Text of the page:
The 15 short stories that make up James Joyce's Dubliners give a realistic account of the life in and around Dublin, Ireland, in the early 20th century. In many of the short stories within the work, Joyce includes the Irish struggle for self-identity through epiphanies from the main characters.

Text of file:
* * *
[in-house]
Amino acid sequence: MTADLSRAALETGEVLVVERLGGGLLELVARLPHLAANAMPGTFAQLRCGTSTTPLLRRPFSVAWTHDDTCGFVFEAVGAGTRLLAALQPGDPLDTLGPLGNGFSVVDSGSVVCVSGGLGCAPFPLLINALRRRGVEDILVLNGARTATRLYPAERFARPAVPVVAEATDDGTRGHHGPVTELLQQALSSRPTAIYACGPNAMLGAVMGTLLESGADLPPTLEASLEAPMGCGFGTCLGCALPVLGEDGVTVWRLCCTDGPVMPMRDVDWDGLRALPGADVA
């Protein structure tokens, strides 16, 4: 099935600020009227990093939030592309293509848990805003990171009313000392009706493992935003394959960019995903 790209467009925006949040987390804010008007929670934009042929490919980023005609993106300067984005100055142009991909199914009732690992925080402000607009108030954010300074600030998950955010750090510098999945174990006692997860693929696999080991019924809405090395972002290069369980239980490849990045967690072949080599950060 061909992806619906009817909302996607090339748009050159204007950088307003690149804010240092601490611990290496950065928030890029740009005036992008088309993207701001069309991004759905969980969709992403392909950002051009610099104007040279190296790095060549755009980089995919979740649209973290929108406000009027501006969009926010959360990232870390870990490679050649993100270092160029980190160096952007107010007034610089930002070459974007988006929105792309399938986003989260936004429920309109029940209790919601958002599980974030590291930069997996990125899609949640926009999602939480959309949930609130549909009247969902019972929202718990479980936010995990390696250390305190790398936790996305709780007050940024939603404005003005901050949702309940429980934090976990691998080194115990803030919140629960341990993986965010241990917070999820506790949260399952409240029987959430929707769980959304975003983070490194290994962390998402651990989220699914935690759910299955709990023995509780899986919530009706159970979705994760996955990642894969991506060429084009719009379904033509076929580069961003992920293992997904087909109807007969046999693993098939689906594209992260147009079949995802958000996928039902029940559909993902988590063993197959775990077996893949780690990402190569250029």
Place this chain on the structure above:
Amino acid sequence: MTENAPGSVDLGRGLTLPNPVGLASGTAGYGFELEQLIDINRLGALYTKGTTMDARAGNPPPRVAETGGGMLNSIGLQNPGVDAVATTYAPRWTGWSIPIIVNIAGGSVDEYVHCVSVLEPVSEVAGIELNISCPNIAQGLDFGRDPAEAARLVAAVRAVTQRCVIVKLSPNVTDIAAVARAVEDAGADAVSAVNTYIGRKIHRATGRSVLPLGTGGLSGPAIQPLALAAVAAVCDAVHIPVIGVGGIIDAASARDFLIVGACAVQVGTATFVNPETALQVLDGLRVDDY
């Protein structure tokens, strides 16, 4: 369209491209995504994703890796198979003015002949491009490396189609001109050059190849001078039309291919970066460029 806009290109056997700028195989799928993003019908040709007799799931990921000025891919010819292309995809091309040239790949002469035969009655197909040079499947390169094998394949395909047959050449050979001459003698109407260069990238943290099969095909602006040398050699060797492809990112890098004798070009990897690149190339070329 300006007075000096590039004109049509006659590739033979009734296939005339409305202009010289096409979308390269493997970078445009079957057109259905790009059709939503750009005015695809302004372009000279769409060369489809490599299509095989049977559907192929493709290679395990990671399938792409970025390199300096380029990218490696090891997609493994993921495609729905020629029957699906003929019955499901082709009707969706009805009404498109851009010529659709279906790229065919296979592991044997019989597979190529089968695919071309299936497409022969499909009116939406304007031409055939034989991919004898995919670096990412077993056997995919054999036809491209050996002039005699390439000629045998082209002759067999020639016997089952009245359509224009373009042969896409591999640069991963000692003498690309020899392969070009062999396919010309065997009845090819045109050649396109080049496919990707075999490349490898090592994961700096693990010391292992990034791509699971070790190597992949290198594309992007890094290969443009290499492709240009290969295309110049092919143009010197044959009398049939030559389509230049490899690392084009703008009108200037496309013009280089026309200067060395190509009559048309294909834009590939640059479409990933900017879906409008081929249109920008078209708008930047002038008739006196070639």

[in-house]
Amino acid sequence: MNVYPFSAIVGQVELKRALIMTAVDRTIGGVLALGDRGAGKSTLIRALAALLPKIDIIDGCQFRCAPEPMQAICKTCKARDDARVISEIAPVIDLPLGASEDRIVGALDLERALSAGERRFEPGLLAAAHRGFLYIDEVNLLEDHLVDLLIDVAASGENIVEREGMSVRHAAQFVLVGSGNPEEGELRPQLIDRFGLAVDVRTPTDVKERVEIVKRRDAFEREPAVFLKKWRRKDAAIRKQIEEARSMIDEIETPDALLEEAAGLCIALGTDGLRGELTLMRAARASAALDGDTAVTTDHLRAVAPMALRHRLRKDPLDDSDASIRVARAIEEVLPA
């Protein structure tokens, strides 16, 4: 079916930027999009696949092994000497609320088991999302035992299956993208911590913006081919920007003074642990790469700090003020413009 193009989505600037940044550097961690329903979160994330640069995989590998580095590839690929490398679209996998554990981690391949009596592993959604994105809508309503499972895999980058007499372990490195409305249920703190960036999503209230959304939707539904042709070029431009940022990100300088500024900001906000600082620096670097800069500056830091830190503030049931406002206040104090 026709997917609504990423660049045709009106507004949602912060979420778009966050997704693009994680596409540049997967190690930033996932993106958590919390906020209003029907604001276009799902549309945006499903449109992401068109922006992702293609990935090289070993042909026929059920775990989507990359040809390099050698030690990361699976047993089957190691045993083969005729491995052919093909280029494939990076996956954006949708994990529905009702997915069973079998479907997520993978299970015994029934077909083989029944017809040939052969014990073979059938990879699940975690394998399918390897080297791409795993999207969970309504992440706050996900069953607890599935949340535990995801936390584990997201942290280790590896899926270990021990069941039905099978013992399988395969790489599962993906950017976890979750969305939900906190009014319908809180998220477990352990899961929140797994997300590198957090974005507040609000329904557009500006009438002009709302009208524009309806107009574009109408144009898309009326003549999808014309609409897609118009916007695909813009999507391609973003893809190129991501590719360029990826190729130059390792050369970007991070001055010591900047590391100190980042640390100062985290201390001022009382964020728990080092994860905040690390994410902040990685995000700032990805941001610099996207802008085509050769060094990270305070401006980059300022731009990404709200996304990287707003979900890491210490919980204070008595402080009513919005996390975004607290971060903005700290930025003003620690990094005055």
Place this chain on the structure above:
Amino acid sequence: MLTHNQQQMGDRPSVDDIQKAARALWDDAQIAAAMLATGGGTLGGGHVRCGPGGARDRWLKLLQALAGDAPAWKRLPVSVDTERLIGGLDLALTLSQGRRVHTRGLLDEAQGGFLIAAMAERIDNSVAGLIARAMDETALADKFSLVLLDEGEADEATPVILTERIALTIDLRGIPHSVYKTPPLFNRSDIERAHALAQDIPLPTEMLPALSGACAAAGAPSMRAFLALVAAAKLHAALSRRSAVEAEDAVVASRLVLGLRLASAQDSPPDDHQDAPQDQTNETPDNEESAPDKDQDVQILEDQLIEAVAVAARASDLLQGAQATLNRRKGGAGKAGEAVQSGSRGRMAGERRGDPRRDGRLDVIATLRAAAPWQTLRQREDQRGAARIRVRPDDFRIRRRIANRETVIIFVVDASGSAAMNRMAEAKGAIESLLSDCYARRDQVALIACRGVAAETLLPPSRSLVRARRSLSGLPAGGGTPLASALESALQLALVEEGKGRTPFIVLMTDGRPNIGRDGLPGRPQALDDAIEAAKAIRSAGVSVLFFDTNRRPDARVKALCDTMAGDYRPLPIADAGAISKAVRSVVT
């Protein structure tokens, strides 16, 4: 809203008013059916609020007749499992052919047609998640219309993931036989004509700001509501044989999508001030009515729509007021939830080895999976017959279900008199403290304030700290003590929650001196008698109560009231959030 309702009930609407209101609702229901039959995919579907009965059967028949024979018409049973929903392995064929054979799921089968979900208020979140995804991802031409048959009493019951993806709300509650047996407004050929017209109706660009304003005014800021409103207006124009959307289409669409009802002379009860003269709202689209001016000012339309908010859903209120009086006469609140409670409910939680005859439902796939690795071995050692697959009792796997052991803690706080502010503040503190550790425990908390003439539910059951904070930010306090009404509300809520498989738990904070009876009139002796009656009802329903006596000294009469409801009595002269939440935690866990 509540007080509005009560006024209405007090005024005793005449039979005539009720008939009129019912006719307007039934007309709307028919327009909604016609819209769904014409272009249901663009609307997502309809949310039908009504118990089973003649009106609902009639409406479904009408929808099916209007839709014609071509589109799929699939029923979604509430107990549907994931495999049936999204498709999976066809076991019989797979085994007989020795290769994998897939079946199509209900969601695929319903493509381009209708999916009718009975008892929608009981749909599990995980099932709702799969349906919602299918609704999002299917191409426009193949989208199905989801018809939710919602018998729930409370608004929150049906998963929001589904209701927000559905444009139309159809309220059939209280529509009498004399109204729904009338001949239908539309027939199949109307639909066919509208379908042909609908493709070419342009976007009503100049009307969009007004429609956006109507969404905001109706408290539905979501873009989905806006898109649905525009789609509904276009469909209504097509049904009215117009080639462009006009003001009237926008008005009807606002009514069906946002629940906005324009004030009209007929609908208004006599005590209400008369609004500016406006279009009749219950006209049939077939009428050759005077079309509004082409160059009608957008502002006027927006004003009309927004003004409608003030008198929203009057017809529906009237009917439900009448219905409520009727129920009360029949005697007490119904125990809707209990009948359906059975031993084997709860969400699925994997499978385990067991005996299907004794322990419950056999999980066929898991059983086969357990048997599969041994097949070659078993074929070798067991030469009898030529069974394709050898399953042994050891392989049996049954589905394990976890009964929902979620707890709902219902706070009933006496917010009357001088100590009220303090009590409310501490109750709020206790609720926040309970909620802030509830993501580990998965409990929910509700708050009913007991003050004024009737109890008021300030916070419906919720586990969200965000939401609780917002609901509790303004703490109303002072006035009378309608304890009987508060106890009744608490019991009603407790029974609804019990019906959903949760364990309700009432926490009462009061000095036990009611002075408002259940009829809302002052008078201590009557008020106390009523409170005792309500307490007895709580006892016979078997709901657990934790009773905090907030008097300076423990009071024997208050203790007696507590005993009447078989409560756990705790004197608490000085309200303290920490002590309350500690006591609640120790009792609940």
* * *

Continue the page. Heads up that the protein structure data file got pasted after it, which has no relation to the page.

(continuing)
The first short story, The Sisters, is a first person account of a young boy's relationship with a Priest and the boy's eventual acceptance of the Priest's death due to illness. In another story, A Painful Case, Mr. Duffy begins a friendship with the married Mrs. Sinico. However, when Mrs. Sinico tries to make the relationship more than friends, Mr. Duffy ends all meetings with her and resumes his life of solitude. Years later, Mr. Duffy discovers from a newspaper article that Mrs. Sinico died after being hit by a train. The article reveals that the death is thought to be suicide, and Mr. Duffy notes that she had started drinking two years prior- at the same time that Mr. Duffy had ended their friendship. Mr. Duffy feels guilty for ending his relationship with Mrs. Sinico and her death makes him come to the understanding that he really is alone. These and other stories that make up the work, paint an interesting and detailed picture of how James Joyce viewed the strong yet uncertain future of the Irish.
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